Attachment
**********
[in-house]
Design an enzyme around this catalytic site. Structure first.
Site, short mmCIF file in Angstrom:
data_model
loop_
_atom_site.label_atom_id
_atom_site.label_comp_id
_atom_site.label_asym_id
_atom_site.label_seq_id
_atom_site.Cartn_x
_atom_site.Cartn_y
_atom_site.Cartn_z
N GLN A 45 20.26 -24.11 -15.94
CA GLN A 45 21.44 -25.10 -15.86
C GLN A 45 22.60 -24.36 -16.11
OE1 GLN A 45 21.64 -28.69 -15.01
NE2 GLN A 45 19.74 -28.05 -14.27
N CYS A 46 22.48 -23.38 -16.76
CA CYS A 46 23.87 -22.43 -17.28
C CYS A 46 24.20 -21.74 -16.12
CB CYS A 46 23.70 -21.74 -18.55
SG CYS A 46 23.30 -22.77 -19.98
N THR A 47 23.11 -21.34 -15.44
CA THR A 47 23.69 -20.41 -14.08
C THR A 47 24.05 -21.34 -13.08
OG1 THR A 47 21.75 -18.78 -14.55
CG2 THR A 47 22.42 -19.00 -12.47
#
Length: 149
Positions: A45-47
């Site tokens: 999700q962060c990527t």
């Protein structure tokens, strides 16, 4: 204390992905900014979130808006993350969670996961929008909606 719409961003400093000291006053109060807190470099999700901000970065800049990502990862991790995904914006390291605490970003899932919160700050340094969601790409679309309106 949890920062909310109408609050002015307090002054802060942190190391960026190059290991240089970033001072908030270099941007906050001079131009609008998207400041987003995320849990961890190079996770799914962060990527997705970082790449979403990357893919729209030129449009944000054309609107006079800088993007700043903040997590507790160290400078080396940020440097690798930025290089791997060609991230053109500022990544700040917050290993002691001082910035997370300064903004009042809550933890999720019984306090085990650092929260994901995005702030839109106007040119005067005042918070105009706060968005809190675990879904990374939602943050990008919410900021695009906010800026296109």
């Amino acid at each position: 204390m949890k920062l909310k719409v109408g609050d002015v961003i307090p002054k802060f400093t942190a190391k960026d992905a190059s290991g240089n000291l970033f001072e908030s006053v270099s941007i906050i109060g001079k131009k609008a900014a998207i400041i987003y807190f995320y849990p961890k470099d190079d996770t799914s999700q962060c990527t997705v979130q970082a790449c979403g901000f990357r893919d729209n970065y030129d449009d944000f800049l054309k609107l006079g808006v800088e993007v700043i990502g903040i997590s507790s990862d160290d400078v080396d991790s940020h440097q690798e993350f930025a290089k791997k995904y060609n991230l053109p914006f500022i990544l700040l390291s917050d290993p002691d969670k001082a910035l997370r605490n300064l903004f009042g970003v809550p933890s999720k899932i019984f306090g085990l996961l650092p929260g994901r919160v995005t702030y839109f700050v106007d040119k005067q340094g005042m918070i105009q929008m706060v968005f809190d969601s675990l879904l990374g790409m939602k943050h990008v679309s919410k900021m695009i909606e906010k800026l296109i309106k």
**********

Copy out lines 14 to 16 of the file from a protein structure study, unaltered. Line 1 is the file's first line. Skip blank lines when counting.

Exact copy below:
CA GLN A 45 21.44 -25.10 -15.86
C GLN A 45 22.60 -24.36 -16.11
OE1 GLN A 45 21.64 -28.69 -15.01